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The word periodontal means
“around the tooth”. Periodontal disease attacks the gums and the bone
that support the teeth. Plaque is a sticky film of food debris, bacteria,
and saliva. If plaque is not removed, it turns into calculus
(tartar). When plaque and calculus are not removed, they begin to destroy
the gums and bone. Periodontal disease is characterized by red, swollen,
and bleeding gums.
Four out of five people have
periodontal disease and don’t know it! Most people are not aware of it
because the disease is usually painless in the early stages.
Not only is it the number one
reason for tooth loss, research suggests that there may be a link between
periodontal disease and other diseases such as, stroke, bacterial pneumonia,
diabetes, cardiovascular disease, and increased risk during pregnancy.
Researchers are determining if inflammation and bacteria associated with
periodontal disease affects these systemic diseases and conditions.
Smoking also increases the risk of periodontal disease.
Good oral hygiene, a balanced
diet, and regular dental visits can help reduce your risk of developing
Signs and symptoms of
Periodontal Therapy Procedures
Periodontal therapy includes both surgical and non-surgical techniques to restore health to the tissues that support the teeth (gums and bone) and prevent tooth loss. They include:
Scaling and Root Planing. These deep-cleaning techniques are the best starting point to control gum disease. Plaque and calculus (tartar) are removed from beneath the gum tissues, using hand scalers and/or ultrasonic instruments.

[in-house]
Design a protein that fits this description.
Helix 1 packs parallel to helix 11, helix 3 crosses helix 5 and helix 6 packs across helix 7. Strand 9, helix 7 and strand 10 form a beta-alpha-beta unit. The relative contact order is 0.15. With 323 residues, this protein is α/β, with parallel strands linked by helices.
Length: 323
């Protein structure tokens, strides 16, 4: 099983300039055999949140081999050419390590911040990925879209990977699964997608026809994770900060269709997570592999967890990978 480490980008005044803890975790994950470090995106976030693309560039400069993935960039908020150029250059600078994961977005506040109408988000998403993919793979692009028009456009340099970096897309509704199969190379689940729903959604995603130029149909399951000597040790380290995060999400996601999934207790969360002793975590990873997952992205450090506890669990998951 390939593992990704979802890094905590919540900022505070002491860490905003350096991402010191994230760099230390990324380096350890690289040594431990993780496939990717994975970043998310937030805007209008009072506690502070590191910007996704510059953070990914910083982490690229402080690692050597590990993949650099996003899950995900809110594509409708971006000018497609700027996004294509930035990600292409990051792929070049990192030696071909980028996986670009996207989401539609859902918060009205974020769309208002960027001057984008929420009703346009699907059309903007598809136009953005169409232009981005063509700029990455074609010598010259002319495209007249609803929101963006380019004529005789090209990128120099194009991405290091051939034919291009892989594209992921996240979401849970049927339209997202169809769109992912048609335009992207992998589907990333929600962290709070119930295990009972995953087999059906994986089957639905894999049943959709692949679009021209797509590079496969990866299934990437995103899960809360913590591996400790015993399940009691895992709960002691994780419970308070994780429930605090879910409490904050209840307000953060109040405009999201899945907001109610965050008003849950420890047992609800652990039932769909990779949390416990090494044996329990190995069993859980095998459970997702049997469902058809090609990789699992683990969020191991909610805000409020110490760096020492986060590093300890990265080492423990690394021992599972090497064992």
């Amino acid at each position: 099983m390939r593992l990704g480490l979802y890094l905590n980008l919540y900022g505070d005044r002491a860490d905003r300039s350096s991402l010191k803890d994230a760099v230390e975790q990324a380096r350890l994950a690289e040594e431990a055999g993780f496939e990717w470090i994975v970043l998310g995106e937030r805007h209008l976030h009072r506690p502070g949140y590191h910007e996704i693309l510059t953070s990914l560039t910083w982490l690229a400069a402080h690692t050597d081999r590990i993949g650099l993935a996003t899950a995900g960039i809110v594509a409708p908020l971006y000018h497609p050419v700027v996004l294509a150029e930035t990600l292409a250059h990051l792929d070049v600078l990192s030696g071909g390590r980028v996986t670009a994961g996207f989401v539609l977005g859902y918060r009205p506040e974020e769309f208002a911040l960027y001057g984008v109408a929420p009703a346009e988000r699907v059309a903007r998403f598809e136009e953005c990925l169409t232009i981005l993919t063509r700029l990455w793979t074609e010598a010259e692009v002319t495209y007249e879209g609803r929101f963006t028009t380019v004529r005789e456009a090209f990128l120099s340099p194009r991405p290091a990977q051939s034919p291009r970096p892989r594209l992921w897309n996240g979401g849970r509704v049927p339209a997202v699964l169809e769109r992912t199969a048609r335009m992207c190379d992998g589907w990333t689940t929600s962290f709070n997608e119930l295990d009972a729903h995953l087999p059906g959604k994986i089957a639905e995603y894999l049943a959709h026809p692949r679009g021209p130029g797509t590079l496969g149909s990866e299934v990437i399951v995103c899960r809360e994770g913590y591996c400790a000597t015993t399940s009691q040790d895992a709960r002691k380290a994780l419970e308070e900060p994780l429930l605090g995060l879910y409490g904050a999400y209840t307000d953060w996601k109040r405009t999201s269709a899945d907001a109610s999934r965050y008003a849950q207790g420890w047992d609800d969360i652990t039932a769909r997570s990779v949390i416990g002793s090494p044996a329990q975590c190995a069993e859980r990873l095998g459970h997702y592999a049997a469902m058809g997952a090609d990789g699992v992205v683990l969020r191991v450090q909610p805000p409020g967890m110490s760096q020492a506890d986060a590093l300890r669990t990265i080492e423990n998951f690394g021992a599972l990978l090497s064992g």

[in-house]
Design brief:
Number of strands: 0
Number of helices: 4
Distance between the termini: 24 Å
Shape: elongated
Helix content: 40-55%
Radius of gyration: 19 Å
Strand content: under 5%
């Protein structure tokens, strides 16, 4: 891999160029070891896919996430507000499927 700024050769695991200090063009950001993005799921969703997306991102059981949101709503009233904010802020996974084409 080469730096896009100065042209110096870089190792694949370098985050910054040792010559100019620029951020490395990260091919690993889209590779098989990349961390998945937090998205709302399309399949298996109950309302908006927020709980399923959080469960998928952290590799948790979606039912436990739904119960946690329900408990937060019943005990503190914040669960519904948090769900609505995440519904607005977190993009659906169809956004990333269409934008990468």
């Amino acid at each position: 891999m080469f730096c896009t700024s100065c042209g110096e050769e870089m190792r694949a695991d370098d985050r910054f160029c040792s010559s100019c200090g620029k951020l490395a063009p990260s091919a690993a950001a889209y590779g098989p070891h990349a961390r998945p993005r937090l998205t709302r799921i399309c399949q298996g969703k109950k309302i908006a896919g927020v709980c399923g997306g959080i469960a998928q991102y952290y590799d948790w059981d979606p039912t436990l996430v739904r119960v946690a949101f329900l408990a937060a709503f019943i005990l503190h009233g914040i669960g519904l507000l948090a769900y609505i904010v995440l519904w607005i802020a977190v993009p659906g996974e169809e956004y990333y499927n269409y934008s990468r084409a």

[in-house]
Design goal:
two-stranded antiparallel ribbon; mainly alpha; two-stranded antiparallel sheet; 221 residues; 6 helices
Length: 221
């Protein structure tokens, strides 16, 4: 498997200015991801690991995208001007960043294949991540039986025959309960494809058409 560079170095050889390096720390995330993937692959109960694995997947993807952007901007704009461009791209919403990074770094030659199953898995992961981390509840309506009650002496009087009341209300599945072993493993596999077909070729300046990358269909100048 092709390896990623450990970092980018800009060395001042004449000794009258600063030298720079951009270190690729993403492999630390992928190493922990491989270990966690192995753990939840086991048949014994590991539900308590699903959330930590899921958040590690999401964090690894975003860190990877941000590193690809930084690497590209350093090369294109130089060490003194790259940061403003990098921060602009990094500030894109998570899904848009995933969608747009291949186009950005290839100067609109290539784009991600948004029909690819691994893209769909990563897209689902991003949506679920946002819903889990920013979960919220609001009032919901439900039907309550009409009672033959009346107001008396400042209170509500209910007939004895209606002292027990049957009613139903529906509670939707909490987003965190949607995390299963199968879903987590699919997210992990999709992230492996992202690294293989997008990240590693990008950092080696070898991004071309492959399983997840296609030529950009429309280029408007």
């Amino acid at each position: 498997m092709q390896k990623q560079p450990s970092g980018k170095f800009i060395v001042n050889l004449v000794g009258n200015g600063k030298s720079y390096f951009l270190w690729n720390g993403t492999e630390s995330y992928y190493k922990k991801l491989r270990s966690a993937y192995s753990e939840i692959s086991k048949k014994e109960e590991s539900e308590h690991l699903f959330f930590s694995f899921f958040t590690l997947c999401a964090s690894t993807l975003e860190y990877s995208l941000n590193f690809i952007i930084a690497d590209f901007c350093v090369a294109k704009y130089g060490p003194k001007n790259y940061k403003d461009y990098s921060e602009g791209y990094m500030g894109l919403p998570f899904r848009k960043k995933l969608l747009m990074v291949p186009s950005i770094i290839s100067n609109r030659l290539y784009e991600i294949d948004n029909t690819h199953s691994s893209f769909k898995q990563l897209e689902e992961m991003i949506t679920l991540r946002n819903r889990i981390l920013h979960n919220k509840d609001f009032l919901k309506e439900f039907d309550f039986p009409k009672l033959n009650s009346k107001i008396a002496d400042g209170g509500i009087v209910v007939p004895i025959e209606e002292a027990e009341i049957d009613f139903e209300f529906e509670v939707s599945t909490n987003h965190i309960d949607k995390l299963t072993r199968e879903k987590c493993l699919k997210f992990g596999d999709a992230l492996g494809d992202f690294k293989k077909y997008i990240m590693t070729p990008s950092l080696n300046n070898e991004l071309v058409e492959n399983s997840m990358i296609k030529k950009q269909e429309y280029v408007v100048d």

Gum Grafting. Sometimes it's necessary to replace areas of lost gum tissue so that tooth roots are adequately protected. This can be accomplished by taking healthy gum tissue from one area of the mouth and moving it to where it is needed, or by using laboratory-processed donor tissue.
Periodontal Plastic Surgery. When used to describe surgery, the word “plastic” refers to any reshaping procedure that creates a more pleasing appearance of the gum tissues.
Periodontal Laser Treatment. Removing diseased gum tissue with lasers can offer significant advantages over conventional surgery, such as less discomfort and gum shrinkage.
Crown Lengthening Surgery. This is a surgical procedure in which tooth structure that is covered by gum and bone tissue may need to be exposed either for cosmetic reasons (too make the teeth look longer and the smile less gummy) or to aid in securing a new dental crown.
Dental Implants. Today's preferred method of tooth replacement is a titanium dental implant, which is placed beneath the gum line and into the jawbone during a minor surgical procedure. The implant is then attached to a realistic-looking dental crown that is visible above the gum line and indistinguishable from a natural tooth.
Maintaining proper home care, having routine dental checkups and cleanings, eating a nutritious diet low in sugar, and staying away from tobacco in all forms, will also increase your periodontal health — and your chances of keeping your teeth for life.
Please visit our Dental Videos section to learn more about each of these procedures.
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